Resting Like Jesus?

Water’s Edge has an unusual way of going about life! We believe Jesus practiced rhythms which helped him thrive, even though he worked and cared greater than any of us. The rhythm he chose to pattern his life around is a creative rhythm.

We could muse how God’s greatest work was the work of creating the earth, the sun, the moon, the worm, the animals, the trees and flowers, the birds, or the ocean. Think about each in it’s intricacies and delights! So, it might surprise you to also muse over this expansive work of God, the very nature of the order brought to those elements for existence, and how God established within it a rhythm, a pattern of life and life-giving. There was a rhythm to God’s very action.

It shouldn’t surprise us to find that rhythm at the heart of the way God created.

Thus the heavens and the earth were completed in all their vast array.

By the seventh day God had finished the work he had been doing; so on the seventh day he rested from all his work. Then God blessed the seventh day and made it holy, because on it he rested from all the work of creating that he had done. – Genesis 2: 1-3, NIV

God’s rhythm obviously included hard work.

But it also included, purposefully and intentionally, holy rest.

“Holy rest” means to separate rest as a special time. That seventh day was different than all of those ferociously fruitful days before it.

How was it different? God did not create anything new. He dwelled in the creation he had made.

Was he tired? It doesn’t seem that he was tired, or at least there’s no remark about, “Phew, that WAS a lot of work and now I need to put my feet up; to rest a bit and catch my breath!”

It simply was a season to rest, because it was time for it. It was to create order within the life which God had just created.

As scientists investigate and discover more about cell biology, they find smaller and smaller pieces of matter which they didn’t know exist. And as they grow in their understanding of these particles, they can begin to describe intricate webs of energy within a cell. The cell doesn’t collapse on itself, despite the “empty” space within it. The smallest of activities within a cell give it life.

Rest is like that. A small activity which gives us life and sustenance.

So, we find Jesus – feasting with friends, walking along (or on, but that’s another story) the waterside, going off to the mountains to pray, taking a hike up a large mountain with 2 disciples, sleeping in a boat, hanging out in people’s homes, and playing with children. Jesus enjoyed life!

We don’t hear Jesus saying, “Oh, let’s not rest. Let’s keep producing!” We don’t hear him feeling guilty about just being in creation and with people! He rests well. He sees it as a natural part of rhythm and living.

Now, we have a problem because the only way we view rest, typically, is in one of two ways.

  1. We have to earn it – i.e. we have to have accomplished much, gotten very little sleep in order to accomplish much, and then we’ve earned the right to rest. In other words, rest is just another way of accomplishing something. It’s then all about accomplishment rather than about creation as God’s child and in rhythm with Him.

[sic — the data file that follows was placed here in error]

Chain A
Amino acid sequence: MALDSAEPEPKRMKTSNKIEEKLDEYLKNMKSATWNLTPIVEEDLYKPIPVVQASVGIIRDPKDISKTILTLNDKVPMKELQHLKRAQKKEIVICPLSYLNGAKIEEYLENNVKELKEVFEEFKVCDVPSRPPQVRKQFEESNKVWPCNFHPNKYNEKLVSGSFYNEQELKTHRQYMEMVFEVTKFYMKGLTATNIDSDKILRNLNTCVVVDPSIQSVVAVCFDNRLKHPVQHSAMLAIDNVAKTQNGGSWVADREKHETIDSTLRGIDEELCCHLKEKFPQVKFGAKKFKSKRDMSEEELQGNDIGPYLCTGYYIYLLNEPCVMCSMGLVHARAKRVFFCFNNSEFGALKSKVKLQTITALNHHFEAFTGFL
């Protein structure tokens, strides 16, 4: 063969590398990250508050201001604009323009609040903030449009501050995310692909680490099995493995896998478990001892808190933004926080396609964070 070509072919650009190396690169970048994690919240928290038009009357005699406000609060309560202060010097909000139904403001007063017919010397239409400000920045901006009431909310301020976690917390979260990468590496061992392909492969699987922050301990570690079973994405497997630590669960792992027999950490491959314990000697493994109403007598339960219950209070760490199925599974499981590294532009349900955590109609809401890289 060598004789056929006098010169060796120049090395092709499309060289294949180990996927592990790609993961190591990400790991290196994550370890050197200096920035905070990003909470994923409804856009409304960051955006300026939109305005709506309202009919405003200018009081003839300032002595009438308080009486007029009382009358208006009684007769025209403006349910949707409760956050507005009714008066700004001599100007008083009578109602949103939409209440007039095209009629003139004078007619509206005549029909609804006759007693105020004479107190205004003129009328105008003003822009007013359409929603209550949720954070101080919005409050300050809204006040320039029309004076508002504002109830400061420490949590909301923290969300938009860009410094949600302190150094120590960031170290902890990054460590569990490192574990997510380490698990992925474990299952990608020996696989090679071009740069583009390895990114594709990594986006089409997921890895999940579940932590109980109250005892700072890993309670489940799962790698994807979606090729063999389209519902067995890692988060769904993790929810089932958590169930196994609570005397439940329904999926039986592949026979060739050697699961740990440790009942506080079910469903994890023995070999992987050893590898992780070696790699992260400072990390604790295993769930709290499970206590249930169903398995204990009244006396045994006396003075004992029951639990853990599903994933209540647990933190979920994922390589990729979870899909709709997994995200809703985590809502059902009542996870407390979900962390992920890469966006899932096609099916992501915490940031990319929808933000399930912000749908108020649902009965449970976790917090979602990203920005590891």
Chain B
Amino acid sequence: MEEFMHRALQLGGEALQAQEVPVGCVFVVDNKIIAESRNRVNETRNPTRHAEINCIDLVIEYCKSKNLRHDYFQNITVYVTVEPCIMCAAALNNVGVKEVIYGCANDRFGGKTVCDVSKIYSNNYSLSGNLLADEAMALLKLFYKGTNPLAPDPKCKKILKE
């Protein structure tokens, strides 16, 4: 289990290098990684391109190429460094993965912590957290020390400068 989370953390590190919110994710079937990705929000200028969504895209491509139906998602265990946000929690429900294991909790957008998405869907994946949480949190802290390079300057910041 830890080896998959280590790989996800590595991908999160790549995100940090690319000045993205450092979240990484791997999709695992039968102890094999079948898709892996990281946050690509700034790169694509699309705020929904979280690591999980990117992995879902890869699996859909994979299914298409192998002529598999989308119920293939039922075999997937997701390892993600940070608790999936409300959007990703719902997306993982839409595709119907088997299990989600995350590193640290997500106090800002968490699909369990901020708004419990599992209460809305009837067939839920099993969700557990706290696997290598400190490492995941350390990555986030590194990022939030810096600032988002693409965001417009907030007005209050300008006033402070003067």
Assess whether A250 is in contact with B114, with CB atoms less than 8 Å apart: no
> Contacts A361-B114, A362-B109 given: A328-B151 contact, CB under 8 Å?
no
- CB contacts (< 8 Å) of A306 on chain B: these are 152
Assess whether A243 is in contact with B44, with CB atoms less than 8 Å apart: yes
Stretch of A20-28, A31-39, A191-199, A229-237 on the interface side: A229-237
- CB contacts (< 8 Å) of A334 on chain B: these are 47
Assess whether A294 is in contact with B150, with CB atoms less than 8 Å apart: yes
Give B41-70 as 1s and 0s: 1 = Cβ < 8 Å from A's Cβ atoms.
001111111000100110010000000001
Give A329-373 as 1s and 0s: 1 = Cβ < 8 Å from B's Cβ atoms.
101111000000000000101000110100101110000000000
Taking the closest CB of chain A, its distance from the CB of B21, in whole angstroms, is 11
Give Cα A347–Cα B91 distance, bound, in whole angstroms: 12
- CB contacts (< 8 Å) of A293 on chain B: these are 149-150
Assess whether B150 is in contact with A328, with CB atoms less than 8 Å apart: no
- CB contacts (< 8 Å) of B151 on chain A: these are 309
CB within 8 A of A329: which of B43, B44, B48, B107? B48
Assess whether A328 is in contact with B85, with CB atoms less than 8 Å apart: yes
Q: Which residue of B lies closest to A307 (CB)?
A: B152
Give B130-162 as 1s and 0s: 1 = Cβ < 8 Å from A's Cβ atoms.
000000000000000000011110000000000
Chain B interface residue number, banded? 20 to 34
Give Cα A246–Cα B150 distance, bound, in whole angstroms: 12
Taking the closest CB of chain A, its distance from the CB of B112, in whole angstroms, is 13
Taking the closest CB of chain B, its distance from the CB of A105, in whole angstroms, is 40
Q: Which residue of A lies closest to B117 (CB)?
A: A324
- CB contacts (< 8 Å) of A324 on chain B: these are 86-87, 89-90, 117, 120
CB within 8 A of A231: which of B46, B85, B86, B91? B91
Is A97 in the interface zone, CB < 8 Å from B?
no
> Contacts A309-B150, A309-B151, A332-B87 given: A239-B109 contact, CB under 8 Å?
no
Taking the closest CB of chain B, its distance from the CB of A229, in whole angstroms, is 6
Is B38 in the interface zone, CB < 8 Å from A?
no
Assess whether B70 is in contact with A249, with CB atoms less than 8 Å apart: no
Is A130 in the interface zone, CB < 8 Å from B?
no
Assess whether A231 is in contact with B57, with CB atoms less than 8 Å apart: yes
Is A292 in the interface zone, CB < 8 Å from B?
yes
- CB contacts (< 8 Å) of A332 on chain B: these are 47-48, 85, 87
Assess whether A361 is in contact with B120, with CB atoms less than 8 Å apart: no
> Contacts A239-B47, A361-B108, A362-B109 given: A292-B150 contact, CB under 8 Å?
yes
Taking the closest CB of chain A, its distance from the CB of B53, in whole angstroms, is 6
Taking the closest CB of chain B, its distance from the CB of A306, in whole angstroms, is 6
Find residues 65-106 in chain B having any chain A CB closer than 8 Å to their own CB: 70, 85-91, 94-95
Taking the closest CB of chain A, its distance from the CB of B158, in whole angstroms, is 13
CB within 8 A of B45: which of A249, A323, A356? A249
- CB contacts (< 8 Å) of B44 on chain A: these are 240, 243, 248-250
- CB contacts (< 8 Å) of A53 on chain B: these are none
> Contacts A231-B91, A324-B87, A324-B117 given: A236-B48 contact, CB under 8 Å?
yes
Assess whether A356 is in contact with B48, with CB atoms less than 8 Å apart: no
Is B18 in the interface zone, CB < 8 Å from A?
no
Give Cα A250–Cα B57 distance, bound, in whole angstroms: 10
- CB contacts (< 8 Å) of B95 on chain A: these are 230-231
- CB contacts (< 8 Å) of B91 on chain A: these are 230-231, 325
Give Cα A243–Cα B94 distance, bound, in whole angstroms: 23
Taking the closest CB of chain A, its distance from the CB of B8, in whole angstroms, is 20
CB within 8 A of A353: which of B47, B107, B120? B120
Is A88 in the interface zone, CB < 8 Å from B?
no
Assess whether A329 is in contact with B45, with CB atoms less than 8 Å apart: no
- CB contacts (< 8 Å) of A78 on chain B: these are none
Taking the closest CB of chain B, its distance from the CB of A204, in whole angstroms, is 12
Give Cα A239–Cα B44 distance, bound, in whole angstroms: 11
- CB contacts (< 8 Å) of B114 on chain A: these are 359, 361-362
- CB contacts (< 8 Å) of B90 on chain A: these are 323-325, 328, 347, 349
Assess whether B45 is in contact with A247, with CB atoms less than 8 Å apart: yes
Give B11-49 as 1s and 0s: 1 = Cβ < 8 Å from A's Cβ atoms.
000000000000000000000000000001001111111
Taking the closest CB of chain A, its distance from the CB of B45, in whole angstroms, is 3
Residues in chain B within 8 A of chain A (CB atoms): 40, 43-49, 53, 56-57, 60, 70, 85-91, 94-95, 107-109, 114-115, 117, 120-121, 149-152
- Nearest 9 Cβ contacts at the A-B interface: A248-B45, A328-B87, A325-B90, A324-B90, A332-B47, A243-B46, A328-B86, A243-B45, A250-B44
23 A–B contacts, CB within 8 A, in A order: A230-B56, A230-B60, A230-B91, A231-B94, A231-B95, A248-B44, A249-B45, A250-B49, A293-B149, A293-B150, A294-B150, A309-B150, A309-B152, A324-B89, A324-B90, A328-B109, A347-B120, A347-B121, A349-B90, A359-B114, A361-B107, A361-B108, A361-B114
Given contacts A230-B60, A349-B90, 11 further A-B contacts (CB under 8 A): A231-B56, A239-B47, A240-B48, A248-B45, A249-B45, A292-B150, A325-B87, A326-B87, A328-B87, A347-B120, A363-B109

2. We equate it with “vacation” time. Vacation to an American is all about the place you go, what you do when you’re there, and getting bragging rights about all the fun you had while there. It’s episodic rather than rhythmic. There’s very little sleep involved I might add, typically. Isn’t it funny that most of us need a rest from our vacation before going back to work? In other words, rest is a commodity of scarcity and we try to spend it in unnatural ways to procure for ourselves that rest and inner peace we long for? A holy rest is not the same as a vacation (vacate from normal life).

Having looked at what it is not, let’s turn to what it could look like.

The first point of rest was for Jesus to commune with God; and for God to commune with the creation. For me, it’s to stop all of the lists running through my head and to be in a state of mind where I can simply be and listen. I find this kind of rest requires pre-planning, i.e. it takes hours not minutes to be in that state of mind. Sometimes it means I have to change where I am to be in a receiving place. For example, I might need to walk along the water or take a chair to go sit by the water for an afternoon.

The second point about rest for Jesus is being with others. Whereas in America we can be self-aware or even self-ish with our time, Jesus spent his with other people around. He was available, fully alive to the live streaming around him. He was looking outwards, not simply inwards. He enjoyed a dinner, or a boat ride, with friends! Making a date with friends for dinner or a walk or a shared activity is restful – a holy rest, separate from the grind of life to hang with God together. I find it extremely FUN to begin that time with friends by prayer – Lord, be with us in our laughter; Lord, wash us in your fresh breeze as we enjoy the gift of each other.

As we rest, we have room for a well rounded life, a created life with lots of energy and spark – poured into our work and friends and family and community.

Go, rest!

2017-01-18T22:14:19+00:00February 9th, 2016|WEP Blog|Comments Off on Resting Like Jesus?

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